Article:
June 5, 2020 (WASHINGTON, D.C.) – The National Wildlife Federation and Congressional Sportsmen’s Foundation, two of the nation’s leading conservation and outdoor advocates, urged members of the U.S. Senate to show up for hunters and anglers by supporting the Great American Outdoors Act. The bill, which is the most important conservation legislation to receive an up-or-down vote in decades, would expand access for hunters and anglers, invest in critical wildlife habitat and public lands, and strengthen the nation’s outdoor heritage for generations to come.
“America’s public lands are the birthright of all Americans and the foundation of our outdoor heritage. Every U.S. Senator can demonstrate their commitment to revitalizing our public lands and connecting all Americans with nature – including millions of hunters and anglers – by showing up and supporting the Great American Outdoors Act,” said Collin O’Mara, president and CEO of the National Wildlife Federation. “The Great American Outdoors Act is the most important conservation bill to go before the U.S. Senate in decades – and would create hundreds of thousands of desperately needed jobs, while ensuring that wildlife and our public lands endure for every man and women eager to cast a line or hunt for wild game.”
“The Great American Outdoors Act is a once-in-a-lifetime opportunity,” said Jeff Crane, president of the Congressional Sportsmen’s Foundation. “This legislation not only takes historic steps forward to promote conservation and increase access for America’s sportsmen and women, but will also serve as a multiplier by creating near-term job creation at a much needed time, and it is critically important that our leaders show their commitment to the nation by being present when the bill is considered in the Senate. The time is now to pass the bill on the Senate floor.”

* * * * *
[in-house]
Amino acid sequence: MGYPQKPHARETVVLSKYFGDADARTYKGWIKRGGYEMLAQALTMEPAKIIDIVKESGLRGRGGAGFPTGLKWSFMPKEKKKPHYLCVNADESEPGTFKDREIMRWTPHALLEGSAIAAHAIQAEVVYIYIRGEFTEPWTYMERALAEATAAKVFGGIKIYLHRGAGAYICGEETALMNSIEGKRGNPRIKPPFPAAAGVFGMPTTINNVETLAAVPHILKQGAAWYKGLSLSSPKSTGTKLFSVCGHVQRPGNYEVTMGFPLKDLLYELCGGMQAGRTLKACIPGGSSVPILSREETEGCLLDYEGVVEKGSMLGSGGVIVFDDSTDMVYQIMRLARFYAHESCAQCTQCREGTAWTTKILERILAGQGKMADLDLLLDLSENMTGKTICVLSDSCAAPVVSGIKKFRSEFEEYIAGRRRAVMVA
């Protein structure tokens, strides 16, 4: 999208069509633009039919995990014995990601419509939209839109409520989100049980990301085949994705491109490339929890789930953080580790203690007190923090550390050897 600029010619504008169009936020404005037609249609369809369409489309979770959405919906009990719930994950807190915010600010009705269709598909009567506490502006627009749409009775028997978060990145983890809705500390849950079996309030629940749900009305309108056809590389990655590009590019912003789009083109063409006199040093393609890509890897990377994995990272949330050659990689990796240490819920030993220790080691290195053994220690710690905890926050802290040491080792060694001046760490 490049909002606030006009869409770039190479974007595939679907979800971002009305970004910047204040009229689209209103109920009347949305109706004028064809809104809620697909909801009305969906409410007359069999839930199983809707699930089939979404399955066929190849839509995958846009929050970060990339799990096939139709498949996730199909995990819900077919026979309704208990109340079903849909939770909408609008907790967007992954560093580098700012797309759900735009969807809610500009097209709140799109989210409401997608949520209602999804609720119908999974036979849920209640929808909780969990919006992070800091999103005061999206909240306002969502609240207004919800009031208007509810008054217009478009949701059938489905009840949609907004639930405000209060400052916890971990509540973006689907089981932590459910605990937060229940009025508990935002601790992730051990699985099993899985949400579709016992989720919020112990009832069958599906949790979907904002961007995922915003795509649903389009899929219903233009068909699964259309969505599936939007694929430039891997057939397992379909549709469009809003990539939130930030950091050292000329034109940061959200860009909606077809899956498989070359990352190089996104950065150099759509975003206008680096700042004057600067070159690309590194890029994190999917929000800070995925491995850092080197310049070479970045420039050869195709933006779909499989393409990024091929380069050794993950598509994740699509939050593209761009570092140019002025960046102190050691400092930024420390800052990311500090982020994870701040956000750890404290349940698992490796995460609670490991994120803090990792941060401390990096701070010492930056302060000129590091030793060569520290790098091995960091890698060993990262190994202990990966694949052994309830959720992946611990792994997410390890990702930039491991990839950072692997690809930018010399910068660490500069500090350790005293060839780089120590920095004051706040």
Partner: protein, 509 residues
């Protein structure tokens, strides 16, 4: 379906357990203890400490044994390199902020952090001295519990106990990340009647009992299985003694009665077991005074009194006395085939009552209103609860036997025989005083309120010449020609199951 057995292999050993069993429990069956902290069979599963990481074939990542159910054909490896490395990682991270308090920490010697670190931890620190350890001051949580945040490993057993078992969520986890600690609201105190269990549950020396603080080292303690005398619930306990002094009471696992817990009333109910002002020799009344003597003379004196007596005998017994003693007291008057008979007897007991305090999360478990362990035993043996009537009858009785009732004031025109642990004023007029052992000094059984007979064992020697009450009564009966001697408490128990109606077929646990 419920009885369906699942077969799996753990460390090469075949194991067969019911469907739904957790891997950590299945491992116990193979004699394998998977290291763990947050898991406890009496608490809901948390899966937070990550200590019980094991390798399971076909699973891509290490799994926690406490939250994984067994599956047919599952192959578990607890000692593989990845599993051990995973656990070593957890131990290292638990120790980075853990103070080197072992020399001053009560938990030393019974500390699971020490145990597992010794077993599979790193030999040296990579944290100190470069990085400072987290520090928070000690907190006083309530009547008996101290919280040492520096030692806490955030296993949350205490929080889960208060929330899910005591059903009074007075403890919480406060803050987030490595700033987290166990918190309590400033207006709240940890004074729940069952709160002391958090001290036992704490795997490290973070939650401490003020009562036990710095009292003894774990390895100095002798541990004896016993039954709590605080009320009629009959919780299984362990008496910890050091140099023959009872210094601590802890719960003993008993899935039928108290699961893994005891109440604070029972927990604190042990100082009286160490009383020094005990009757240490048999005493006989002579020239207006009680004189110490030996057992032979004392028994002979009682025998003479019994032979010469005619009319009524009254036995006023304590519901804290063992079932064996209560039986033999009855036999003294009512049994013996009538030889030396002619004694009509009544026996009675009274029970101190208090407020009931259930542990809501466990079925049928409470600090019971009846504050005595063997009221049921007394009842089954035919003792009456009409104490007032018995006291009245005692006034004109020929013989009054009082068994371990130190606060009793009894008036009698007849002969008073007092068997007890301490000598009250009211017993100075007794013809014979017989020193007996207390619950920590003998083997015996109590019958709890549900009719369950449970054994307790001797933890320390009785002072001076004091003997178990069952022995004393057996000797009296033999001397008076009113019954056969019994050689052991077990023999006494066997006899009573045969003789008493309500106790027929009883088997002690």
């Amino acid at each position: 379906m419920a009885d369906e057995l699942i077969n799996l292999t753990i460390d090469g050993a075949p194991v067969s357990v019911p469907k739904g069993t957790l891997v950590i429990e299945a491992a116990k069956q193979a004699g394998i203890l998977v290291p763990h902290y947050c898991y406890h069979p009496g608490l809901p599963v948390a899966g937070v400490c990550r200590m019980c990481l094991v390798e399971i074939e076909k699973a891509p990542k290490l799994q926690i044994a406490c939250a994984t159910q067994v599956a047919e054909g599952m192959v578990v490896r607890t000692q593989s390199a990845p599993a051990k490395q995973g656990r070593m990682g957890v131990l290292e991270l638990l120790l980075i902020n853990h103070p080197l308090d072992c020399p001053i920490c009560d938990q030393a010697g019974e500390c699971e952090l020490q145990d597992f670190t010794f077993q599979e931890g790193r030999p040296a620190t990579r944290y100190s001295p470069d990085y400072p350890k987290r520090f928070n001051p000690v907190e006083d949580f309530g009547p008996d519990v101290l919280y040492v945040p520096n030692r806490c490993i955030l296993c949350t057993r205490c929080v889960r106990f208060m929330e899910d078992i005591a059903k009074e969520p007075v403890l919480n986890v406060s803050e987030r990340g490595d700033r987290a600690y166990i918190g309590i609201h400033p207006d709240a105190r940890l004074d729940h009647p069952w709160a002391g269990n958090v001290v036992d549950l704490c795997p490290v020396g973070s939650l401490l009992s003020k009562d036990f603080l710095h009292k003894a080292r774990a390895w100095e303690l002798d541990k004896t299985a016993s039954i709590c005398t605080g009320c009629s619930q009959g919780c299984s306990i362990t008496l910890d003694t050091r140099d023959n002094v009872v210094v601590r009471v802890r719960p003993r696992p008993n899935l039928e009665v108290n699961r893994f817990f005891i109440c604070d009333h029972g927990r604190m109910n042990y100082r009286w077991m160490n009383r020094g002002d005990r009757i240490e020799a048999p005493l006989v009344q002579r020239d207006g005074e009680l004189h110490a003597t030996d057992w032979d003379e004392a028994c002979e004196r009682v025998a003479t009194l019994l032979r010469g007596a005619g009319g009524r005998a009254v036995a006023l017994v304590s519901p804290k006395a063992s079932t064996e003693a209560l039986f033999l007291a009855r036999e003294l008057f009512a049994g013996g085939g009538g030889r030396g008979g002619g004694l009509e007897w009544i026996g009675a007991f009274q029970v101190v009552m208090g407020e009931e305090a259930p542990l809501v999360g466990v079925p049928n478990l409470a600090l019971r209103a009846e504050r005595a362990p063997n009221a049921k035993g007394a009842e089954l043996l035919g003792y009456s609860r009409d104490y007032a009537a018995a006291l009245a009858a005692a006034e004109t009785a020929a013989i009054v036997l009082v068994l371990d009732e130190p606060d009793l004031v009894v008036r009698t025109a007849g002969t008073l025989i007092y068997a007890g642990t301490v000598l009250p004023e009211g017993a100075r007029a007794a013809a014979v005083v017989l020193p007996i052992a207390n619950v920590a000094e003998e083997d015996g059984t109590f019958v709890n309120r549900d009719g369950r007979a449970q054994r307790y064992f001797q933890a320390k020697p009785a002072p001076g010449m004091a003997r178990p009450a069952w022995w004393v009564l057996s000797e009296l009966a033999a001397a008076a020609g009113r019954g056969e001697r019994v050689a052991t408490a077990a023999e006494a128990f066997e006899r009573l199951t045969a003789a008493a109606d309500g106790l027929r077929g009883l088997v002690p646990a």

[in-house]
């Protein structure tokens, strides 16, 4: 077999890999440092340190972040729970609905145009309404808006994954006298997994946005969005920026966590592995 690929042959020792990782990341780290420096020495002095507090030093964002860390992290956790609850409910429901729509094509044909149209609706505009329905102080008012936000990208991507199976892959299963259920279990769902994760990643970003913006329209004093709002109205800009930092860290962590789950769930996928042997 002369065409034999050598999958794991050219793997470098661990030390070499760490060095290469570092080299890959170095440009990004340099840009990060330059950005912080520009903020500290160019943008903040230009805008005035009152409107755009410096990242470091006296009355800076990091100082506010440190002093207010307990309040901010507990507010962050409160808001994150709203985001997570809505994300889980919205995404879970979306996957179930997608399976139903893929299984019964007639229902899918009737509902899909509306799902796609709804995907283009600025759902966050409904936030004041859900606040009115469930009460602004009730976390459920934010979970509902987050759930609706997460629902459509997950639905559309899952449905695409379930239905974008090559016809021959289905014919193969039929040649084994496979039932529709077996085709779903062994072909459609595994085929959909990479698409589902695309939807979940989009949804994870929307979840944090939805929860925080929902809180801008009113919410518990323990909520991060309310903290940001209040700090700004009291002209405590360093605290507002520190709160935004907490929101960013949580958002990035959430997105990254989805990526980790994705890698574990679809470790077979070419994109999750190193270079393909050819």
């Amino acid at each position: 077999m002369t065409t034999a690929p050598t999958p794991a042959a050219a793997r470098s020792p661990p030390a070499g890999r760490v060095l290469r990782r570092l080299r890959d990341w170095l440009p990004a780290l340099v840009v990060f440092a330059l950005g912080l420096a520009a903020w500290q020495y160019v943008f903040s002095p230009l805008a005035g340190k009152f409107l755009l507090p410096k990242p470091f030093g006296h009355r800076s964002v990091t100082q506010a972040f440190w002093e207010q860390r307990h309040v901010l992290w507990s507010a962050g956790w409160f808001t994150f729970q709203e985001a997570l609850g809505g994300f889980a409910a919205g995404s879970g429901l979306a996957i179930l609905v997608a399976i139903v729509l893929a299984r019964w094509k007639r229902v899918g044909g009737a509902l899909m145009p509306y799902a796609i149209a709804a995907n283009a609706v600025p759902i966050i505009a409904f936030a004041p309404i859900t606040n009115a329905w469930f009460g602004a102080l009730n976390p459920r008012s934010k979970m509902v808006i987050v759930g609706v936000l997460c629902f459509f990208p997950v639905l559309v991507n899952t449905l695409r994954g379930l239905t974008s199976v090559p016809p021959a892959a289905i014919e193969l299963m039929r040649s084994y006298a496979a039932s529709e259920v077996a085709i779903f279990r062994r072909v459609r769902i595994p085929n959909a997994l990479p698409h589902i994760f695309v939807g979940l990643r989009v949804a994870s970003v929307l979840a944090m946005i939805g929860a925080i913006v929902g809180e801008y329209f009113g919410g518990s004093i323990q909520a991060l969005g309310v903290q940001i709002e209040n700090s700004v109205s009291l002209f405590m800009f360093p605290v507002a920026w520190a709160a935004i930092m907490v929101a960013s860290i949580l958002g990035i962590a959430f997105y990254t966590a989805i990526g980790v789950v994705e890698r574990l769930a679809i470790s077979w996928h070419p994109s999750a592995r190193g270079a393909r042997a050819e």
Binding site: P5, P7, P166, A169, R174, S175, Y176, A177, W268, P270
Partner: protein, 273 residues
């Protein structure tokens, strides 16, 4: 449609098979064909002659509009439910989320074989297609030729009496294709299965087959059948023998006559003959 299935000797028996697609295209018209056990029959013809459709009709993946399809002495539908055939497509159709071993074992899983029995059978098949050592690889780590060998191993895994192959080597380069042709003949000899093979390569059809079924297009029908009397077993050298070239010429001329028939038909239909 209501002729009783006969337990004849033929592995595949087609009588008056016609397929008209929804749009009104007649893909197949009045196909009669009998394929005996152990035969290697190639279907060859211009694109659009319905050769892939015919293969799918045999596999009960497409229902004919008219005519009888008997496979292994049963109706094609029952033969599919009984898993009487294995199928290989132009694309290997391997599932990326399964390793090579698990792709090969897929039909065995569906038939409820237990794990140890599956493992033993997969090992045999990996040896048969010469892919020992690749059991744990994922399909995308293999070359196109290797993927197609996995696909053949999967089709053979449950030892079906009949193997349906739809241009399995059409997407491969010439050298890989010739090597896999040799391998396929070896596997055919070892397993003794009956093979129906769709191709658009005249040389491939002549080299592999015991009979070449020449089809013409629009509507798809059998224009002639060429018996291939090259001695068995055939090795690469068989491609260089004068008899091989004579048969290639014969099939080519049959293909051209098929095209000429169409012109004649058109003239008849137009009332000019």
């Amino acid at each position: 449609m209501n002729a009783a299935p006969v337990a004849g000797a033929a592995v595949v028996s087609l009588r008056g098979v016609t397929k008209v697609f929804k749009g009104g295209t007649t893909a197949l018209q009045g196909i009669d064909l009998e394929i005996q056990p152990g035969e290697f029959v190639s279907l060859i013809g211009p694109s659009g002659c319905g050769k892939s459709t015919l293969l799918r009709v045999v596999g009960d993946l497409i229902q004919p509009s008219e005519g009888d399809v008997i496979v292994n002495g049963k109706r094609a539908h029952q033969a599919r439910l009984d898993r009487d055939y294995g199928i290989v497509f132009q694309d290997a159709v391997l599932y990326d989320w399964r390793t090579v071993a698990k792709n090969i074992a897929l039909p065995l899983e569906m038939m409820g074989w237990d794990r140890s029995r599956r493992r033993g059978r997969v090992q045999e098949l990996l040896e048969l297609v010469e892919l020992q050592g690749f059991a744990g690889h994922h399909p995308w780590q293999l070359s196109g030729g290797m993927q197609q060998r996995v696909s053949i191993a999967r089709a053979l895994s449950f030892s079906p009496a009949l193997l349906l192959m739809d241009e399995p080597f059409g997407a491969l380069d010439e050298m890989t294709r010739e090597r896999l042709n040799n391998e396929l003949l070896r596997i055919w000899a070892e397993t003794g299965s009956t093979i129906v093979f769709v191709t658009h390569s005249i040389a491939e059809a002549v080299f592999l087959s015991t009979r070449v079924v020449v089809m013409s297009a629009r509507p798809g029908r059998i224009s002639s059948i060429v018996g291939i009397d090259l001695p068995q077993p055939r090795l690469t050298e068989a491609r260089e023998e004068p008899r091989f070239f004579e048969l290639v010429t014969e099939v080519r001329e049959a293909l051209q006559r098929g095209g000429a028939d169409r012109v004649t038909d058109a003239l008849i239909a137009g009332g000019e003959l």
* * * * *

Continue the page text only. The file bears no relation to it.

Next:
The National Wildlife Federation and Congressional Sportsmen’s Foundation were instrumental in working with U.S. Senators Lamar Alexander (R-Tenn.), Steve Daines (R-Mont.), Cory Gardner (R-Colo.), Martin Heinrich (D-N.M.), and Joe Manchin (D-W.Va.) to ensure that the bill included funding for all public lands, including wildlife refuges, national forests, and Bureau of Land Management lands.
The Great American Outdoors Act’s inclusion of funding to address the maintenance backlog on these lands is critical for America’s hunters and anglers. Of 439 million acres managed by the U.S. Forest Service and Bureau of Land Management, 99 percent are open to hunting and fishing. In addition, the National Wildlife Refuge System supports approximately 2.7 million hunting days and nearly 8 million fishing days each year.
Visit the Congressional Sportsmen’s Foundation Media Room at http://congressionalsportsmen.org/the-media-room/news, and the National Wildlife Federation Media Center at NWF.org/News.
Studies conducted at both the state and federal level have found that the number of hunters and trappers have been on a generally declining trend over the past several decades. To increase recruitment, retention, and reactivation (R3) of hunters and trappers, which initiative do you think would have the greatest impact?